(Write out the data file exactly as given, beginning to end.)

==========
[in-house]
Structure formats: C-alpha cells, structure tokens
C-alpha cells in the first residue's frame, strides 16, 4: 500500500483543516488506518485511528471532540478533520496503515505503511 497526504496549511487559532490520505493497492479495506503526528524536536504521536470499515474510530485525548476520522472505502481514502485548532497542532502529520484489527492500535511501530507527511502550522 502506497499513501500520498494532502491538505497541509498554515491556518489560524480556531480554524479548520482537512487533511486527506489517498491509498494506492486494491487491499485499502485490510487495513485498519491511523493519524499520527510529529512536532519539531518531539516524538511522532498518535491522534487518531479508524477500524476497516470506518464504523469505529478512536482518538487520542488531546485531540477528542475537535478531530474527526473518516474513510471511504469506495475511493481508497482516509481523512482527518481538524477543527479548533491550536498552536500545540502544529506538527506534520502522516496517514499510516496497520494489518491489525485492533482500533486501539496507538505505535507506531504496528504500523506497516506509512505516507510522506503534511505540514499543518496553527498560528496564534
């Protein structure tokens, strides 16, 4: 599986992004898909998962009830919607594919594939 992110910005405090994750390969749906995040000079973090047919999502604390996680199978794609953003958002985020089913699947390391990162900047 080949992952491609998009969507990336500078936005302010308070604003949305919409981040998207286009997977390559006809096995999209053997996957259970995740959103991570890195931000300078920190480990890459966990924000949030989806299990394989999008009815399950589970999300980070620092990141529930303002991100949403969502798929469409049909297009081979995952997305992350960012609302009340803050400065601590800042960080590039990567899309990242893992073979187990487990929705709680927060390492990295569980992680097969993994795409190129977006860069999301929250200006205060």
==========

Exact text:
[in-house]
Structure formats: C-alpha cells, structure tokens
C-alpha cells in the first residue's frame, strides 16, 4: 500500500483543516488506518485511528471532540478533520496503515505503511 497526504496549511487559532490520505493497492479495506503526528524536536504521536470499515474510530485525548476520522472505502481514502485548532497542532502529520484489527492500535511501530507527511502550522 502506497499513501500520498494532502491538505497541509498554515491556518489560524480556531480554524479548520482537512487533511486527506489517498491509498494506492486494491487491499485499502485490510487495513485498519491511523493519524499520527510529529512536532519539531518531539516524538511522532498518535491522534487518531479508524477500524476497516470506518464504523469505529478512536482518538487520542488531546485531540477528542475537535478531530474527526473518516474513510471511504469506495475511493481508497482516509481523512482527518481538524477543527479548533491550536498552536500545540502544529506538527506534520502522516496517514499510516496497520494489518491489525485492533482500533486501539496507538505505535507506531504496528504500523506497516506509512505516507510522506503534511505540514499543518496553527498560528496564534
């Protein structure tokens, strides 16, 4: 599986992004898909998962009830919607594919594939 992110910005405090994750390969749906995040000079973090047919999502604390996680199978794609953003958002985020089913699947390391990162900047 080949992952491609998009969507990336500078936005302010308070604003949305919409981040998207286009997977390559006809096995999209053997996957259970995740959103991570890195931000300078920190480990890459966990924000949030989806299990394989999008009815399950589970999300980070620092990141529930303002991100949403969502798929469409049909297009081979995952997305992350960012609302009340803050400065601590800042960080590039990567899309990242893992073979187990487990929705709680927060390492990295569980992680097969993994795409190129977006860069999301929250200006205060």